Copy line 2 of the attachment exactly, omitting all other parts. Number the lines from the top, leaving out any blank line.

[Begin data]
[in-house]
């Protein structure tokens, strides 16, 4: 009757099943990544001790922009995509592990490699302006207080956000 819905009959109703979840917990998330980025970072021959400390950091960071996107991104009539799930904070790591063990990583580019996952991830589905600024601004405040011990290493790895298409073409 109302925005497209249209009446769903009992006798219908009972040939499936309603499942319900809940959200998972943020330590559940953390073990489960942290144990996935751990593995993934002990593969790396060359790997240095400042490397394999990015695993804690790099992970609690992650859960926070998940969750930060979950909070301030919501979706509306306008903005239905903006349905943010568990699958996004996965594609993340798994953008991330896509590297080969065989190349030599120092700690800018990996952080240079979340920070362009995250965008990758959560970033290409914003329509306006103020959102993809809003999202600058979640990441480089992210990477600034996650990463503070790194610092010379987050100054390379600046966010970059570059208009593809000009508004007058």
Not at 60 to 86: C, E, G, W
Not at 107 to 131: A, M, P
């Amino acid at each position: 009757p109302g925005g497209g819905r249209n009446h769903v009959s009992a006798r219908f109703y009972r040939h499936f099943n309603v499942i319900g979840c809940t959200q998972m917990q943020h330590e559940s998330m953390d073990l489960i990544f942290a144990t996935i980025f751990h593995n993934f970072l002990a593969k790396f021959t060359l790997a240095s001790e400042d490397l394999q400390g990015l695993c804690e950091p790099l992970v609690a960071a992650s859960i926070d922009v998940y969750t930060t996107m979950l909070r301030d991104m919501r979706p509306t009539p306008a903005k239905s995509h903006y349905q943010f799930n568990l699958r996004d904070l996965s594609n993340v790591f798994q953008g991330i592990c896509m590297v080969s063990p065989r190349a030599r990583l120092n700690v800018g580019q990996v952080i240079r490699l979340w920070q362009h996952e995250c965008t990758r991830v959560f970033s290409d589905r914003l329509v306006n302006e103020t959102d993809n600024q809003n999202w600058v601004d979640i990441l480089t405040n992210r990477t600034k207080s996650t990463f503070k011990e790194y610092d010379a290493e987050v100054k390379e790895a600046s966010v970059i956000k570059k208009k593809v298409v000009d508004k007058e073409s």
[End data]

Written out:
């Protein structure tokens, strides 16, 4: 009757099943990544001790922009995509592990490699302006207080956000 819905009959109703979840917990998330980025970072021959400390950091960071996107991104009539799930904070790591063990990583580019996952991830589905600024601004405040011990290493790895298409073409 109302925005497209249209009446769903009992006798219908009972040939499936309603499942319900809940959200998972943020330590559940953390073990489960942290144990996935751990593995993934002990593969790396060359790997240095400042490397394999990015695993804690790099992970609690992650859960926070998940969750930060979950909070301030919501979706509306306008903005239905903006349905943010568990699958996004996965594609993340798994953008991330896509590297080969065989190349030599120092700690800018990996952080240079979340920070362009995250965008990758959560970033290409914003329509306006103020959102993809809003999202600058979640990441480089992210990477600034996650990463503070790194610092010379987050100054390379600046966010970059570059208009593809000009508004007058």